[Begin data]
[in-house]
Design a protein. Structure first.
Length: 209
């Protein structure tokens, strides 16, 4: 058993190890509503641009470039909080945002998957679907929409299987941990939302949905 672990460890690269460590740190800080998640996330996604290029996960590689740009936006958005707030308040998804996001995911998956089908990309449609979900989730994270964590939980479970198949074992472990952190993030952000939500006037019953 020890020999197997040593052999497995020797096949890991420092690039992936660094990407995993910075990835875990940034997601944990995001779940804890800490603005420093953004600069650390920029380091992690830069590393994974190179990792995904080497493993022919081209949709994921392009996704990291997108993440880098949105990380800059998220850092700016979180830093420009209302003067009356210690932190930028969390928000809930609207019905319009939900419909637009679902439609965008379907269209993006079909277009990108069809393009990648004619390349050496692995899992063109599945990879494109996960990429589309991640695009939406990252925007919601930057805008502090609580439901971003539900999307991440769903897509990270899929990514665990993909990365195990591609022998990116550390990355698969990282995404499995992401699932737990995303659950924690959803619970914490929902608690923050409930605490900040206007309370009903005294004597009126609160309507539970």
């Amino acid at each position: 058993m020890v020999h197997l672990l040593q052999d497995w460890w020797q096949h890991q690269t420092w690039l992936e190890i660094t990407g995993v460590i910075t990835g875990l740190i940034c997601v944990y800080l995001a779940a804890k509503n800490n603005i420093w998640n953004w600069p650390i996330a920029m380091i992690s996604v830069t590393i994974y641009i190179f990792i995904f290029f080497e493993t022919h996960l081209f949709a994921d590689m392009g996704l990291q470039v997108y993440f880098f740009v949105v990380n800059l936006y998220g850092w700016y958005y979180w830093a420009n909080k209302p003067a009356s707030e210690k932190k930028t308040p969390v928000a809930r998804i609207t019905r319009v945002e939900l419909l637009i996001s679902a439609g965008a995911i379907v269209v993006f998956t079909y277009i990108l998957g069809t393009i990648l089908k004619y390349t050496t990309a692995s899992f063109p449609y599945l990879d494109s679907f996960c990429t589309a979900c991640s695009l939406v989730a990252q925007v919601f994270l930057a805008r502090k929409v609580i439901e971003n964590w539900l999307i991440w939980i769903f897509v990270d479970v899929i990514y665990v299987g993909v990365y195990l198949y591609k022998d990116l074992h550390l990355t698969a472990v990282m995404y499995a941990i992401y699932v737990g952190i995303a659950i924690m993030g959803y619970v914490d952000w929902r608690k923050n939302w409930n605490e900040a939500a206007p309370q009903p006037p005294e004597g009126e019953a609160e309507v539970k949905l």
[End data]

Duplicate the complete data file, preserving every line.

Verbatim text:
[in-house]
Design a protein. Structure first.
Length: 209
């Protein structure tokens, strides 16, 4: 058993190890509503641009470039909080945002998957679907929409299987941990939302949905 672990460890690269460590740190800080998640996330996604290029996960590689740009936006958005707030308040998804996001995911998956089908990309449609979900989730994270964590939980479970198949074992472990952190993030952000939500006037019953 020890020999197997040593052999497995020797096949890991420092690039992936660094990407995993910075990835875990940034997601944990995001779940804890800490603005420093953004600069650390920029380091992690830069590393994974190179990792995904080497493993022919081209949709994921392009996704990291997108993440880098949105990380800059998220850092700016979180830093420009209302003067009356210690932190930028969390928000809930609207019905319009939900419909637009679902439609965008379907269209993006079909277009990108069809393009990648004619390349050496692995899992063109599945990879494109996960990429589309991640695009939406990252925007919601930057805008502090609580439901971003539900999307991440769903897509990270899929990514665990993909990365195990591609022998990116550390990355698969990282995404499995992401699932737990995303659950924690959803619970914490929902608690923050409930605490900040206007309370009903005294004597009126609160309507539970």
């Amino acid at each position: 058993m020890v020999h197997l672990l040593q052999d497995w460890w020797q096949h890991q690269t420092w690039l992936e190890i660094t990407g995993v460590i910075t990835g875990l740190i940034c997601v944990y800080l995001a779940a804890k509503n800490n603005i420093w998640n953004w600069p650390i996330a920029m380091i992690s996604v830069t590393i994974y641009i190179f990792i995904f290029f080497e493993t022919h996960l081209f949709a994921d590689m392009g996704l990291q470039v997108y993440f880098f740009v949105v990380n800059l936006y998220g850092w700016y958005y979180w830093a420009n909080k209302p003067a009356s707030e210690k932190k930028t308040p969390v928000a809930r998804i609207t019905r319009v945002e939900l419909l637009i996001s679902a439609g965008a995911i379907v269209v993006f998956t079909y277009i990108l998957g069809t393009i990648l089908k004619y390349t050496t990309a692995s899992f063109p449609y599945l990879d494109s679907f996960c990429t589309a979900c991640s695009l939406v989730a990252q925007v919601f994270l930057a805008r502090k929409v609580i439901e971003n964590w539900l999307i991440w939980i769903f897509v990270d479970v899929i990514y665990v299987g993909v990365y195990l198949y591609k022998d990116l074992h550390l990355t698969a472990v990282m995404y499995a941990i992401y699932v737990g952190i995303a659950i924690m993030g959803y619970v914490d952000w929902r608690k923050n939302w409930n605490e900040a939500a206007p309370q009903p006037p005294e004597g009126e019953a609160e309507v539970k949905l």